Following the release of the new 9.10 ‘Karmic Koala’ version of Ubuntu, we installed it on one of the Asus 901s, trying out a new configuration of all ext4 disk partitions and no swap partition. Discovering that the ‘Netbook Remix’ (UNR) release of the operating system now could only use the mobile phone look-alike interface and had the Desktop-Switcher package removed, we followed forum advice and tried the full Ubuntu 9.10 release instead. Having disabled the ‘wobbly windows’ graphics enhancements in Gnome, Ubuntu 9.10 was no trouble on the Asus 901 – all the devices worked from the start, dialogue and menu boxes fitted in the available screen area by default. One of the main reasons for trying Ubuntu 9.10 was to experiment with an early desire of ERA to use the bluetooth audio headsets commonly available for mobile phones instead of wired mic-and-headphones devices. With our Ubuntu 9.04 UNR installations we couldn’t get this to work, despite spending a frustrating day or two in early July with the latest software then available. At that time, improved bluetooth interaction with beta Pulseaudio releases and experimental device control with Blueman were not integrated into Ubuntu releases, but promised to make bluetooth audio as simple under Ubuntu as it is on a mobile phone.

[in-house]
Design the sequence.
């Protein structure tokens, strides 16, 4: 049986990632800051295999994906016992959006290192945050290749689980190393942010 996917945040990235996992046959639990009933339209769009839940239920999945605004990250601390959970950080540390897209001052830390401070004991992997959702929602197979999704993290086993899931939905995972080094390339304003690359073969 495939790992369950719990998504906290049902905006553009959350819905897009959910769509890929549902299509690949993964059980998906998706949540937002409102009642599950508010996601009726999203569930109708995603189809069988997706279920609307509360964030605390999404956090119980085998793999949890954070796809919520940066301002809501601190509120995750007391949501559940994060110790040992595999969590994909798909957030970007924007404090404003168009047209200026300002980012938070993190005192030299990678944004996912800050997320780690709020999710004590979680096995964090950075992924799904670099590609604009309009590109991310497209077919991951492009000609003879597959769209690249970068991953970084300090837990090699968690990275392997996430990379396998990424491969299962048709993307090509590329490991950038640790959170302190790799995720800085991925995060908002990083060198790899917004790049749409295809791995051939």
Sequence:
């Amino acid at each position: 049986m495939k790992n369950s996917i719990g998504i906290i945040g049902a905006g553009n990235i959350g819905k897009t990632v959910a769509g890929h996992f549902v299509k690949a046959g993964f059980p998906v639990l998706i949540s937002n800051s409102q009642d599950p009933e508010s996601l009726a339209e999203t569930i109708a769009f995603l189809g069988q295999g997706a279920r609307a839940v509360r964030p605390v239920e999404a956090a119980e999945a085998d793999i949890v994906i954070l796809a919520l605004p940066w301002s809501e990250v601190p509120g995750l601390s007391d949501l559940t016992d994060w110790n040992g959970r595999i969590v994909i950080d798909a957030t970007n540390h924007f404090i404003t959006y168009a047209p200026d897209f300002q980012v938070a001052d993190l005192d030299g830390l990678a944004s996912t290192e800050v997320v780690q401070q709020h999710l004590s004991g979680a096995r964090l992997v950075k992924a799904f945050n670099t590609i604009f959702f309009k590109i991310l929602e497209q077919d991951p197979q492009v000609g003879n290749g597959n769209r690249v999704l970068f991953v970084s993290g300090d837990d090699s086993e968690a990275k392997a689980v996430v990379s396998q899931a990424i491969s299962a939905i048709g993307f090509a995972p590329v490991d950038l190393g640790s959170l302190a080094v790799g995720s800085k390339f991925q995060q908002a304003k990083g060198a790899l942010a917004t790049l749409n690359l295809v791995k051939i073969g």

Last Wednesday we did some testing of our Asterisk MeetMe setup, at dekspc medialab in London. Setting up the Asterisk server on the local wired LAN and assembling an assortment of 6 SIP clients, using Ekiga on both Windows and Linux platforms, and a Mac running the SIP client Telephone. Each client registered with Asterisk as users era1 -> era9 and dialled ‘1234’ for the MeetMe conference room. Continue reading
Could it be that the way to make a telephone call on a geology site would be to use a telephone? Now we seem to have some fairly stable WiFi networking hardware, and are considering that we might ditch the awkward netbooks for our ‘Sherpas’ in the field, perhaps we could use WiFi equipped smartphones for some of our outdoor networking needs?
Since we’re using SIP, we’ll need SIP software for any mobile phones we use, and there are obvious commercial reasons why most mobile service providers aren’t keen on this, but on the up side, bluetooth headsets are designed to be used with mobile phones so this could add another useful feature to the ERA toolkit.
Today we went to Whitby to explore the field localities on the beach there, and also to see how far we could connect using just a single node.
In the morning we set up the base station in the car at the top of the cliffs, with a single Nanostation 2 access point, and Chris and Trevor headed off down onto the shore to explore the site. Quite a walk across the rocks and onto some interesting geology below the tide line, and with a turning tide Mark was posted not only to watch their progress but also keep an eye on the North Sea!